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Managing your Virtualized Resources, Microsoft-Style

Microsoft last week completed development of its System Center Virtual Machine Manager, a mouthful of a name for a product that's actually quite interesting. Virtual Machine Manager also may be a bit confusing, especially if you've been using Microsoft's Virtual Server platform or are charting a migration to the company's hypervisor-based Windows Server Virtualization technologies when they're released shortly after Windows Server 2008 launches early next year. Here's a quick primer on these technologies:

Today, Microsoft offers a free product called Virtual Server that provides a traditional (i.e. user mode) virtualization environment. Virtual Server could very well be the pinnacle of this type of technology, at least from Microsoft, given that it will be obsolete as soon as the better performing, more maintainable, and more efficient Windows Server Virtualization arrives next year. For those looking ahead to this future, Virtual Server's VHD-based virtual machines (VMs) will work fine--if not quite a bit better--if and when you later upgrade to Windows 2008 with Windows Server Virtualization.

On the management side, Virtual Machine Manager is an enterprise-class VM management solution that's currently aimed at Virtual Server customers but will presumably be updated for Windows Server Virtualization once that technology becomes available. It extends the basic capabilities of Virtual Server management, which is generally designed for managing the VMs on a single physical server, into a more scalable solution. Virtual Machine Manager offers centralized VM management across hundreds or thousands of physical machines and can handle thousands, or even hundreds of thousands, of VMs.

Virtual Machine Manager automates many crucial tasks. For example, VMs that are running out of resources on one physical machine can be automatically relocated to new hardware with minimal disruption and end user transparency. It also provides for physical-to-virtual conversions, as well as virtual-to-virtual conversions of VMware VMs to Microsoft VMs. (And say what you will, but that last feature should prove quite popular.)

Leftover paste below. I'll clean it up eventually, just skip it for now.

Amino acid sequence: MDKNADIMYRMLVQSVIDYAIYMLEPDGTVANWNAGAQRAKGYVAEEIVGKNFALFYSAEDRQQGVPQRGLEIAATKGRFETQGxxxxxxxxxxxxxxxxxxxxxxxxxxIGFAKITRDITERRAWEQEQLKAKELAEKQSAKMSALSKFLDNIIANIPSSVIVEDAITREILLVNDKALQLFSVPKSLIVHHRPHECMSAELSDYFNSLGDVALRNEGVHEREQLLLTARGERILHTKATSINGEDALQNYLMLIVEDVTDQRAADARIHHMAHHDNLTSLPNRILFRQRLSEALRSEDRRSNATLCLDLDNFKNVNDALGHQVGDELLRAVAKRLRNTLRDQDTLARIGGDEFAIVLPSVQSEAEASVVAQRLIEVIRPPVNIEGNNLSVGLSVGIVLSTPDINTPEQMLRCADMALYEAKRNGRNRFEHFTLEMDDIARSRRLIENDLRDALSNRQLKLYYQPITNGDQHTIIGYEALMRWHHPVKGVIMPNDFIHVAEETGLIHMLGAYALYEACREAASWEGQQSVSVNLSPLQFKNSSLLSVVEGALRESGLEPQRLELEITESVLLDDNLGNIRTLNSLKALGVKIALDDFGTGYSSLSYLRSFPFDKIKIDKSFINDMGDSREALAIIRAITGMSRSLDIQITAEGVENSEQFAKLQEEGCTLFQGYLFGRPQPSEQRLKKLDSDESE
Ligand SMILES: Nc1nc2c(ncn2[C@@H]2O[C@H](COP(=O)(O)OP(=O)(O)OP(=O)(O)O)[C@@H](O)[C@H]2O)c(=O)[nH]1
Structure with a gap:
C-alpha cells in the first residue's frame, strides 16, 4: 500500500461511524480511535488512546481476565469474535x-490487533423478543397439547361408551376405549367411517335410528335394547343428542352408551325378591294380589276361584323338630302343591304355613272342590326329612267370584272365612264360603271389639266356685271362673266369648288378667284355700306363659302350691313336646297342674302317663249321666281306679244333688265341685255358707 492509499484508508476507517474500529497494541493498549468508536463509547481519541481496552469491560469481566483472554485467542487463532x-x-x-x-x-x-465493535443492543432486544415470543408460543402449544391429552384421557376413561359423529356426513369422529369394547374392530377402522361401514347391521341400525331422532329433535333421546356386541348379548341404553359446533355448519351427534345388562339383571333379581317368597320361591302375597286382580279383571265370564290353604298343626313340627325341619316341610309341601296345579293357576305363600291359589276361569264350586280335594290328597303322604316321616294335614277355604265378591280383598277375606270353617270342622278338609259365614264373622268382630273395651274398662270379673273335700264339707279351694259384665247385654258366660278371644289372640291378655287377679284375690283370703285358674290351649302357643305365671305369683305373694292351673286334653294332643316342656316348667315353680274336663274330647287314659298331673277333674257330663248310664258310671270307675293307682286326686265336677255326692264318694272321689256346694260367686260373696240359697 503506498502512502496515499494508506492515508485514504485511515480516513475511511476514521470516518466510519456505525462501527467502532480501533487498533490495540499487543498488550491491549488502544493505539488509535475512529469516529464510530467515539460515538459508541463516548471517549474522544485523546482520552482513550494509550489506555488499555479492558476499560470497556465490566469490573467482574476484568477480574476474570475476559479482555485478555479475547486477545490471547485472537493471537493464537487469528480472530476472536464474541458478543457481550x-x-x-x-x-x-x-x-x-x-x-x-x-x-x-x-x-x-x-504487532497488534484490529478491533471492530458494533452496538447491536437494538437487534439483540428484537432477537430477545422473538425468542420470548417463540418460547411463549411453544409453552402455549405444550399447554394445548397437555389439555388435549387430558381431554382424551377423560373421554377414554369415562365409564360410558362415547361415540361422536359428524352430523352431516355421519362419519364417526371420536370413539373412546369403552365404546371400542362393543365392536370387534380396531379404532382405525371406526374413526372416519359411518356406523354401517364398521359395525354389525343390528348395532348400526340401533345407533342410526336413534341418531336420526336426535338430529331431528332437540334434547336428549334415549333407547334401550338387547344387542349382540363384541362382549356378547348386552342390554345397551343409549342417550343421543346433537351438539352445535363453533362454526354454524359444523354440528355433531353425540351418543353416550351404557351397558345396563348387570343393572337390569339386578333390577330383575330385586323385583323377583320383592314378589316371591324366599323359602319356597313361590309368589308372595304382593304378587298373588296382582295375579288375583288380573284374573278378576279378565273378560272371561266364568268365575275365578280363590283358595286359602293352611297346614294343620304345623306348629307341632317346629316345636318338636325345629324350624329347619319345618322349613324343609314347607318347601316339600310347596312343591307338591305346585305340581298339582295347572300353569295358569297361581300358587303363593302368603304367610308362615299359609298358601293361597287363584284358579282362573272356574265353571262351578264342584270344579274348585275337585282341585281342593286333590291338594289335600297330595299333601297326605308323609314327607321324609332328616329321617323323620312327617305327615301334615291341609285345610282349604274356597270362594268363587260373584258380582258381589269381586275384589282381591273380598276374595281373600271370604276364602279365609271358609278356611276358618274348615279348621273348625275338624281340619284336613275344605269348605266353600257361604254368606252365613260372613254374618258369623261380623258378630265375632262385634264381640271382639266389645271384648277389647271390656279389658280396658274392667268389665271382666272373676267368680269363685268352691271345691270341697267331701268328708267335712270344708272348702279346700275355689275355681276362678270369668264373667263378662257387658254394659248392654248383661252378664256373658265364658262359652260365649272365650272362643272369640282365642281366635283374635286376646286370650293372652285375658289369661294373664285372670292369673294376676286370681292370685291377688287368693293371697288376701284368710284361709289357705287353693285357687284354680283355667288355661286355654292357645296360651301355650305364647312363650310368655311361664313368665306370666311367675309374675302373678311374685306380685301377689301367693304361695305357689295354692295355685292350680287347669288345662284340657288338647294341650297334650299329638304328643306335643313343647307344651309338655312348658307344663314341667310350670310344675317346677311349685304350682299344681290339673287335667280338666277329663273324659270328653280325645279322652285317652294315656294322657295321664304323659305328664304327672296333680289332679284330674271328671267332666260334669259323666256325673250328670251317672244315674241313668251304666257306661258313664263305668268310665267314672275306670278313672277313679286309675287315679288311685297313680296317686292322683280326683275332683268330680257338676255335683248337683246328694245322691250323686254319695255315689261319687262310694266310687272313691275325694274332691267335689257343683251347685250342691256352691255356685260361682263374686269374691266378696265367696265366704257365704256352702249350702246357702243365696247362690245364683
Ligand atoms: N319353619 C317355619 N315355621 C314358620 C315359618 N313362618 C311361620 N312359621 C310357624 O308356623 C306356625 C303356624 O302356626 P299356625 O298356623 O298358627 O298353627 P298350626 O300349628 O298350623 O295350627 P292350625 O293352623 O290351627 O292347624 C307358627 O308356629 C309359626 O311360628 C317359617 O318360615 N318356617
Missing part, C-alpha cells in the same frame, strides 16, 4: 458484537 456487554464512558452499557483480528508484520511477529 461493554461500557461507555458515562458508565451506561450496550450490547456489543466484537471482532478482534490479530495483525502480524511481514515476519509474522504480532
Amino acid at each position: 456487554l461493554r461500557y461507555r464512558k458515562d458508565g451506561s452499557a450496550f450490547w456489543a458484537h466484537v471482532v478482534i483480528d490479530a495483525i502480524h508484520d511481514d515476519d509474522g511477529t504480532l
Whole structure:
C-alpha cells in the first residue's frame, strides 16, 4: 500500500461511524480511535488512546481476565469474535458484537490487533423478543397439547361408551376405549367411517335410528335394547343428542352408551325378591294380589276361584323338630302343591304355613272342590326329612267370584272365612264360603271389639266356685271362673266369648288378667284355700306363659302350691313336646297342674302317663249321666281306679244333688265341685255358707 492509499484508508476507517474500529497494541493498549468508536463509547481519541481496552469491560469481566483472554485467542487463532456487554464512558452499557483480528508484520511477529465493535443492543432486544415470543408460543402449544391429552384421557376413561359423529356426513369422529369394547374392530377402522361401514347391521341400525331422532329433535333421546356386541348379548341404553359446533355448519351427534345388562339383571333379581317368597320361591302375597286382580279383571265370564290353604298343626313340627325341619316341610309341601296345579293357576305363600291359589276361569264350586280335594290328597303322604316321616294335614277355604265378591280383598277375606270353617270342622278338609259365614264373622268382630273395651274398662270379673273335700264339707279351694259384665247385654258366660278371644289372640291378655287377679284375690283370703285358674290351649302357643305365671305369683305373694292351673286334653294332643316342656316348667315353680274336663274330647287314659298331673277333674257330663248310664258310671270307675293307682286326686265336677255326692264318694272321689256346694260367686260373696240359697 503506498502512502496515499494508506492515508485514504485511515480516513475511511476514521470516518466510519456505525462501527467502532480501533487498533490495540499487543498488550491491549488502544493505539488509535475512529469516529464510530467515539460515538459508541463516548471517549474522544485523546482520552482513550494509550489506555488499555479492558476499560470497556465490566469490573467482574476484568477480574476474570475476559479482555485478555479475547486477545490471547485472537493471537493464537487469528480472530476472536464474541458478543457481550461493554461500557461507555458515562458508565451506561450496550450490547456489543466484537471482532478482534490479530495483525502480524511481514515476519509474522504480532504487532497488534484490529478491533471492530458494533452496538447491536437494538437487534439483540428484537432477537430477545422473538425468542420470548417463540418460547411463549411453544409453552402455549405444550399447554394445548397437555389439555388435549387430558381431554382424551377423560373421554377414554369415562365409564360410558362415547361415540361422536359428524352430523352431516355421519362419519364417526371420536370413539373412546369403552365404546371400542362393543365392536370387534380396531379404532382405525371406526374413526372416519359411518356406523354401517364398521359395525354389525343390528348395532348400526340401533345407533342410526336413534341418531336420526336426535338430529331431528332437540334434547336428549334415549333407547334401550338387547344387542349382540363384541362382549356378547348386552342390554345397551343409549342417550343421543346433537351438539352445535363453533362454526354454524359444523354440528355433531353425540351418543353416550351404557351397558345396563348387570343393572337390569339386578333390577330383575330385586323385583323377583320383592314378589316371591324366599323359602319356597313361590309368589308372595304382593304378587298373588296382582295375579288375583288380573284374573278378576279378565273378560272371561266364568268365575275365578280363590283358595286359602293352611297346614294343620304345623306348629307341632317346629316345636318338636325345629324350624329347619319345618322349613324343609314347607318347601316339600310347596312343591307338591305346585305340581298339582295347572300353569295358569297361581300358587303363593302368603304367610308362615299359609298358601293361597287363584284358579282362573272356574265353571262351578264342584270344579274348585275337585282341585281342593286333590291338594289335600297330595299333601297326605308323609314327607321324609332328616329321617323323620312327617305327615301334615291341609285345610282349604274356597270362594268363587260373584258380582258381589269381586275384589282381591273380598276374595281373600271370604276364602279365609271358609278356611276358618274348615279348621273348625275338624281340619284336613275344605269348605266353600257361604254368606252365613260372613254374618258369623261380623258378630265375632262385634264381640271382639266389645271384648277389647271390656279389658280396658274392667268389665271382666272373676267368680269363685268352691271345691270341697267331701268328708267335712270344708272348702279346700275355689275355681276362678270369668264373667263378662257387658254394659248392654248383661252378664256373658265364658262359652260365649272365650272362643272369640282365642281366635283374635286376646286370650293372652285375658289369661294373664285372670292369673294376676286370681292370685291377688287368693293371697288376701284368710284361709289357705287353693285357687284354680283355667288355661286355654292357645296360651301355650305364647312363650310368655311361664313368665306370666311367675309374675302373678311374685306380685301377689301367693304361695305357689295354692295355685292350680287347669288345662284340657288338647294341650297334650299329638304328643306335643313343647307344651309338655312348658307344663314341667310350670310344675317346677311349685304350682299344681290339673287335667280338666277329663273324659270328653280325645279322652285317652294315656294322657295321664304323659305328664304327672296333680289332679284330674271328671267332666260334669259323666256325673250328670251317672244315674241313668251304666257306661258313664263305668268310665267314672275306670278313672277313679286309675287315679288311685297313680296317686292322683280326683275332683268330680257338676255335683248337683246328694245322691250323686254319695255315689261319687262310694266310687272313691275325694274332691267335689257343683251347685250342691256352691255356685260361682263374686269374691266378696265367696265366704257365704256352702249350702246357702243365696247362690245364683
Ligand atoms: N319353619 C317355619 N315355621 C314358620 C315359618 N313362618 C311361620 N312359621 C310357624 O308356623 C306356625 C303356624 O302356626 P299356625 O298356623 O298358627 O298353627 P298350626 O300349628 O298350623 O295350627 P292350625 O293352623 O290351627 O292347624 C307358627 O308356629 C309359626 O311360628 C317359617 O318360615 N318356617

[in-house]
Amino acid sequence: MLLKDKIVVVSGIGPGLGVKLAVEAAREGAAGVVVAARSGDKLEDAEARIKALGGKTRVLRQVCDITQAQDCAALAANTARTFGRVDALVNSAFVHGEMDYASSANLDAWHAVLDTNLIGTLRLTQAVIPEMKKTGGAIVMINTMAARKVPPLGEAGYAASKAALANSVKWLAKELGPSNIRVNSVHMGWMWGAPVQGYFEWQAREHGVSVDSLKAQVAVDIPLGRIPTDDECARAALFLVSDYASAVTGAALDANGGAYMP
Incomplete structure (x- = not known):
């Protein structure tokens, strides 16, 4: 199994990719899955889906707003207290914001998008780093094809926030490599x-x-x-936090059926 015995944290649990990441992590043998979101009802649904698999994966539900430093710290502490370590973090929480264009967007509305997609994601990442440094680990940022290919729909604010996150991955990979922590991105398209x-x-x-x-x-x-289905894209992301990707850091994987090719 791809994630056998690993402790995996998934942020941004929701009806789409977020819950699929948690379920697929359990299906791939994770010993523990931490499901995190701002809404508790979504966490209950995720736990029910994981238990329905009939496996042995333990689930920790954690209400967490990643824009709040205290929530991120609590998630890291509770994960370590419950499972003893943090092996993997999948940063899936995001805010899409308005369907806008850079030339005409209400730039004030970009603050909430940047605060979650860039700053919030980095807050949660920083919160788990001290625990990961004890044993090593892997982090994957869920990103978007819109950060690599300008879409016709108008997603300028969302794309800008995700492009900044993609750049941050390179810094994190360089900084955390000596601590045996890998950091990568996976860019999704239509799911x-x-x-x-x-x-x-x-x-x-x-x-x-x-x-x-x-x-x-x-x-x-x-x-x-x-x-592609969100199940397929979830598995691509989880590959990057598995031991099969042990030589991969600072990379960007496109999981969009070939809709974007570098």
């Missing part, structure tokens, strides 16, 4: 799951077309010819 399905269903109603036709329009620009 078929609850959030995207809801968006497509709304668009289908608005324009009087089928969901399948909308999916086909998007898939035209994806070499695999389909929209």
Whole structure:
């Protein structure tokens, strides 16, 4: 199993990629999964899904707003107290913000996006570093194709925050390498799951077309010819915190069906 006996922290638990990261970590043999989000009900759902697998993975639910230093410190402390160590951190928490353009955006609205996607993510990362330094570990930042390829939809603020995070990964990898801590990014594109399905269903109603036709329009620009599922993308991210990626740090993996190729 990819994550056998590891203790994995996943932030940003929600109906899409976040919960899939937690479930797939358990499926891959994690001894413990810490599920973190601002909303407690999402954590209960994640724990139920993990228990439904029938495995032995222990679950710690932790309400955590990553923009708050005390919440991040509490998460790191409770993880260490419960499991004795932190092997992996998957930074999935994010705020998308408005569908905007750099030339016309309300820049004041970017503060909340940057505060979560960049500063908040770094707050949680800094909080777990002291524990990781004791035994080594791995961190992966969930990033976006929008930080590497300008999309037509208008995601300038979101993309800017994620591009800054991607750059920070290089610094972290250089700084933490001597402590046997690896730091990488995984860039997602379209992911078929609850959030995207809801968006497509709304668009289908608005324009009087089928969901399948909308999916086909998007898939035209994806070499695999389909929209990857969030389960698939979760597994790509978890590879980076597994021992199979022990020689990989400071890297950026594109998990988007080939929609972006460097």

Unlike Virtual Server (and the upcoming Windows Server Virtualization), Virtual Machine Manager is not free, but given its expansive feature set this is not surprising. You can get into Virtual Machine Manager as cheaply as $499 for a version that can manage up to five physical host servers. Beyond that, you're in volume-licensing territory.

Windows Server Virtualization, an optional component, or role, in Windows 2008, is less understood at this time. I've seen rumors online that Microsoft is prepping a release candidate version of Windows 2008 in the coming weeks that will include the first public pre-release version of Windows Server Virtualization. Although I can't speculate on these rumors or confirm them, I'm hoping we'll soon be able to have a much more detailed conversation about what Microsoft is doing with virtualization and how its virtualization management tools will be evolving to address those changes. Right now, we know that Microsoft plans to ship Windows Server Virtualization within 180 days after Windows 2008 releases to manufacturing (RTMs), and that Microsoft will ship a public beta of it at Windows 2008 RTM.

Windows Server Virtualization is hypervisor-based and uses a more efficient, non-emulated device driver layer, which should result in better performance than today's Virtual Server-based VMs. And although the Windows Server Virtualization platform runs only on Windows 2008--and just the x64 versions--I don't expect that will cause much of an uproar with mainstream enterprise customers, especially if Microsoft is able to get 32-bit and 64-bit Linux VMs running efficiently under the system. Besides, businesses will be able to install Windows Server Virtualization in Windows 2008's efficient and secure Server Core environment, which should provide most of the benefits of Linux on the server without the management headaches.

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